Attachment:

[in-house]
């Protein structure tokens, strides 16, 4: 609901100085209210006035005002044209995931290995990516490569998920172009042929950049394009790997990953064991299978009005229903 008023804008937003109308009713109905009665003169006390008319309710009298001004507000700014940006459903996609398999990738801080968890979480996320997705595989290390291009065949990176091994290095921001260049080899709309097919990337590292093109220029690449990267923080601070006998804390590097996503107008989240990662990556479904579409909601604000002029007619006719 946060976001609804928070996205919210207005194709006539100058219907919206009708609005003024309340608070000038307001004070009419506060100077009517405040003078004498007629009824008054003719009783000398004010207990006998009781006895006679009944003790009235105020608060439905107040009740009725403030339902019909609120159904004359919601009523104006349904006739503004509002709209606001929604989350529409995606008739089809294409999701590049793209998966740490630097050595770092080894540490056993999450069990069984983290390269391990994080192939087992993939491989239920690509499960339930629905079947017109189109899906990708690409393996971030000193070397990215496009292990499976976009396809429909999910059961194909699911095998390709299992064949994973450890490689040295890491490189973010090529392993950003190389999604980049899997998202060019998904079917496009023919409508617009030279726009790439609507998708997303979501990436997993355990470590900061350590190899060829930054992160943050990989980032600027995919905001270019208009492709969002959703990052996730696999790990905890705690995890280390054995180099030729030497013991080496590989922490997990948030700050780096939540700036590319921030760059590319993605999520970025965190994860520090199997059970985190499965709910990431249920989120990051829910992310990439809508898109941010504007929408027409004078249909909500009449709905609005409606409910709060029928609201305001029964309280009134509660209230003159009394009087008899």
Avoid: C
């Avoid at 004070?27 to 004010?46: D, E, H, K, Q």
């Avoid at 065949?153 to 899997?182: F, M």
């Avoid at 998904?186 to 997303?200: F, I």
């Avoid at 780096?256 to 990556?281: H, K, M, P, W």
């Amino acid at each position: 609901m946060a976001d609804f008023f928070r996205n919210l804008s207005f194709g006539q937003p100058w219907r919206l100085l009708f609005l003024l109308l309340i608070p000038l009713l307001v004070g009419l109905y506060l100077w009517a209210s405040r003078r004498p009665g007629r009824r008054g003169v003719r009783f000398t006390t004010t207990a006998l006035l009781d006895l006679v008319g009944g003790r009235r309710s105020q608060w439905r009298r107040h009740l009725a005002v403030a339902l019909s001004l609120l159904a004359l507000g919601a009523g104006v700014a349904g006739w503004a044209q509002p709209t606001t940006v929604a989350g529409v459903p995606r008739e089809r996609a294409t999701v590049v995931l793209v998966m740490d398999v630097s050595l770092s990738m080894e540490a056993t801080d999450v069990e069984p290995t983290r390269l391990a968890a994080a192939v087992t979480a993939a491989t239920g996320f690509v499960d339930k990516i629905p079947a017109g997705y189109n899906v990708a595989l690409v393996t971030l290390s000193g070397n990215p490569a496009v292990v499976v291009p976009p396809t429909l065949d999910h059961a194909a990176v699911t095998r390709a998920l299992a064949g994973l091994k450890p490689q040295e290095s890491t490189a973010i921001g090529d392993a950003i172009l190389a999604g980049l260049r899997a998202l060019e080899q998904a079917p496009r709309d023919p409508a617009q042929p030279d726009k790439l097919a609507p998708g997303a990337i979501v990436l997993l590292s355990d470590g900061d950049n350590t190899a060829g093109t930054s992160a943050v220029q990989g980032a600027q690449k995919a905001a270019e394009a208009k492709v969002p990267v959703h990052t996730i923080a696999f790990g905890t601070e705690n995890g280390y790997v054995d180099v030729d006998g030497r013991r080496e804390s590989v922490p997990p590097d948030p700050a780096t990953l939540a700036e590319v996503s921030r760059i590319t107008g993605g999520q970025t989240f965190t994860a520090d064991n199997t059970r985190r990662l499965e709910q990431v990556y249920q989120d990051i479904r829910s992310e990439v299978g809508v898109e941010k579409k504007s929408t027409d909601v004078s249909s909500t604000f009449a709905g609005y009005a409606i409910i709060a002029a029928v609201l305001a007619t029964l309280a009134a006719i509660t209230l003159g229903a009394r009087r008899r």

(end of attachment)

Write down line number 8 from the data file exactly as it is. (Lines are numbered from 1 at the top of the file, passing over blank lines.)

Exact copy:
């Amino acid at each position: 609901m946060a976001d609804f008023f928070r996205n919210l804008s207005f194709g006539q937003p100058w219907r919206l100085l009708f609005l003024l109308l309340i608070p000038l009713l307001v004070g009419l109905y506060l100077w009517a209210s405040r003078r004498p009665g007629r009824r008054g003169v003719r009783f000398t006390t004010t207990a006998l006035l009781d006895l006679v008319g009944g003790r009235r309710s105020q608060w439905r009298r107040h009740l009725a005002v403030a339902l019909s001004l609120l159904a004359l507000g919601a009523g104006v700014a349904g006739w503004a044209q509002p709209t606001t940006v929604a989350g529409v459903p995606r008739e089809r996609a294409t999701v590049v995931l793209v998966m740490d398999v630097s050595l770092s990738m080894e540490a056993t801080d999450v069990e069984p290995t983290r390269l391990a968890a994080a192939v087992t979480a993939a491989t239920g996320f690509v499960d339930k990516i629905p079947a017109g997705y189109n899906v990708a595989l690409v393996t971030l290390s000193g070397n990215p490569a496009v292990v499976v291009p976009p396809t429909l065949d999910h059961a194909a990176v699911t095998r390709a998920l299992a064949g994973l091994k450890p490689q040295e290095s890491t490189a973010i921001g090529d392993a950003i172009l190389a999604g980049l260049r899997a998202l060019e080899q998904a079917p496009r709309d023919p409508a617009q042929p030279d726009k790439l097919a609507p998708g997303a990337i979501v990436l997993l590292s355990d470590g900061d950049n350590t190899a060829g093109t930054s992160a943050v220029q990989g980032a600027q690449k995919a905001a270019e394009a208009k492709v969002p990267v959703h990052t996730i923080a696999f790990g905890t601070e705690n995890g280390y790997v054995d180099v030729d006998g030497r013991r080496e804390s590989v922490p997990p590097d948030p700050a780096t990953l939540a700036e590319v996503s921030r760059i590319t107008g993605g999520q970025t989240f965190t994860a520090d064991n199997t059970r985190r990662l499965e709910q990431v990556y249920q989120d990051i479904r829910s992310e990439v299978g809508v898109e941010k579409k504007s929408t027409d909601v004078s249909s909500t604000f009449a709905g609005y009005a409606i409910i709060a002029a029928v609201l305001a007619t029964l309280a009134a006719i509660t209230l003159g229903a009394r009087r008899r």